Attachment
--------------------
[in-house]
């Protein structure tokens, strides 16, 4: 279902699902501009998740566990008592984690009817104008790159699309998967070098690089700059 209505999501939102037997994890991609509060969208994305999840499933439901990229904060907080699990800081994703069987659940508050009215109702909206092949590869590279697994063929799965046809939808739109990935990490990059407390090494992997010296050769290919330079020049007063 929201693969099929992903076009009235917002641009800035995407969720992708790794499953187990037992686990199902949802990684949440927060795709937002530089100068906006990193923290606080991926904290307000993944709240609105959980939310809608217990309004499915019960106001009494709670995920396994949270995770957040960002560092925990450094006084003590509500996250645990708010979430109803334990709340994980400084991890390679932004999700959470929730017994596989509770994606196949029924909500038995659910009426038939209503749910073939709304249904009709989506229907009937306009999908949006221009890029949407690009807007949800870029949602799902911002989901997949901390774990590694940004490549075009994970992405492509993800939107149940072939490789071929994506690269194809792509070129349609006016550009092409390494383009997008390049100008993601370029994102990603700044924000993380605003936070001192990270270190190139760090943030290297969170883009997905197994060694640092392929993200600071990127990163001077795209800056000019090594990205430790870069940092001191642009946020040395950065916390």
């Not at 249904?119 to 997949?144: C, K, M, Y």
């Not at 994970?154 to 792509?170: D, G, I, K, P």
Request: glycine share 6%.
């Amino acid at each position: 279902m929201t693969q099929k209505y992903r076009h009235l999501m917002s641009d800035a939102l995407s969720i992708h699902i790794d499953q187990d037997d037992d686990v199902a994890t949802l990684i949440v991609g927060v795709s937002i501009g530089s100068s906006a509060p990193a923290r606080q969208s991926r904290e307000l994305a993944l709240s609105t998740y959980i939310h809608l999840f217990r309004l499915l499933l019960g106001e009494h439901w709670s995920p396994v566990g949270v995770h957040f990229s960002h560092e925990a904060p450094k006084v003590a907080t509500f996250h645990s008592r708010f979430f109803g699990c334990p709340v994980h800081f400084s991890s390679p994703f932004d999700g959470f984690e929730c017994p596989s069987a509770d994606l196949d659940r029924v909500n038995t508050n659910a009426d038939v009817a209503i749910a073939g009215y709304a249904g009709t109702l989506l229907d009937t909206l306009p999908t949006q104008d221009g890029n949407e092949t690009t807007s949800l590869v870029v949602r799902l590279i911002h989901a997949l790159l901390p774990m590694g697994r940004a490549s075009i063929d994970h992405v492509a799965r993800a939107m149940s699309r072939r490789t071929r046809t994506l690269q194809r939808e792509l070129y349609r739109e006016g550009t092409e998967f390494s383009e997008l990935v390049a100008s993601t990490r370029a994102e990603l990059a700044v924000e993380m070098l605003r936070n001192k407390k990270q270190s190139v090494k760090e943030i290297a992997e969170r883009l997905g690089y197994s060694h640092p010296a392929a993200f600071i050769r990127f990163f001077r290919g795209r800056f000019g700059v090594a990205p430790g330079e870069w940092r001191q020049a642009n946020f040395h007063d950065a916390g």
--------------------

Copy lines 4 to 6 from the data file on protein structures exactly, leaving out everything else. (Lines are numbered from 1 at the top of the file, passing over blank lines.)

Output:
């Not at 994970?154 to 792509?170: D, G, I, K, P």
Request: glycine share 6%.
């Amino acid at each position: 279902m929201t693969q099929k209505y992903r076009h009235l999501m917002s641009d800035a939102l995407s969720i992708h699902i790794d499953q187990d037997d037992d686990v199902a994890t949802l990684i949440v991609g927060v795709s937002i501009g530089s100068s906006a509060p990193a923290r606080q969208s991926r904290e307000l994305a993944l709240s609105t998740y959980i939310h809608l999840f217990r309004l499915l499933l019960g106001e009494h439901w709670s995920p396994v566990g949270v995770h957040f990229s960002h560092e925990a904060p450094k006084v003590a907080t509500f996250h645990s008592r708010f979430f109803g699990c334990p709340v994980h800081f400084s991890s390679p994703f932004d999700g959470f984690e929730c017994p596989s069987a509770d994606l196949d659940r029924v909500n038995t508050n659910a009426d038939v009817a209503i749910a073939g009215y709304a249904g009709t109702l989506l229907d009937t909206l306009p999908t949006q104008d221009g890029n949407e092949t690009t807007s949800l590869v870029v949602r799902l590279i911002h989901a997949l790159l901390p774990m590694g697994r940004a490549s075009i063929d994970h992405v492509a799965r993800a939107m149940s699309r072939r490789t071929r046809t994506l690269q194809r939808e792509l070129y349609r739109e006016g550009t092409e998967f390494s383009e997008l990935v390049a100008s993601t990490r370029a994102e990603l990059a700044v924000e993380m070098l605003r936070n001192k407390k990270q270190s190139v090494k760090e943030i290297a992997e969170r883009l997905g690089y197994s060694h640092p010296a392929a993200f600071i050769r990127f990163f001077r290919g795209r800056f000019g700059v090594a990205p430790g330079e870069w940092r001191q020049a642009n946020f040395h007063d950065a916390g």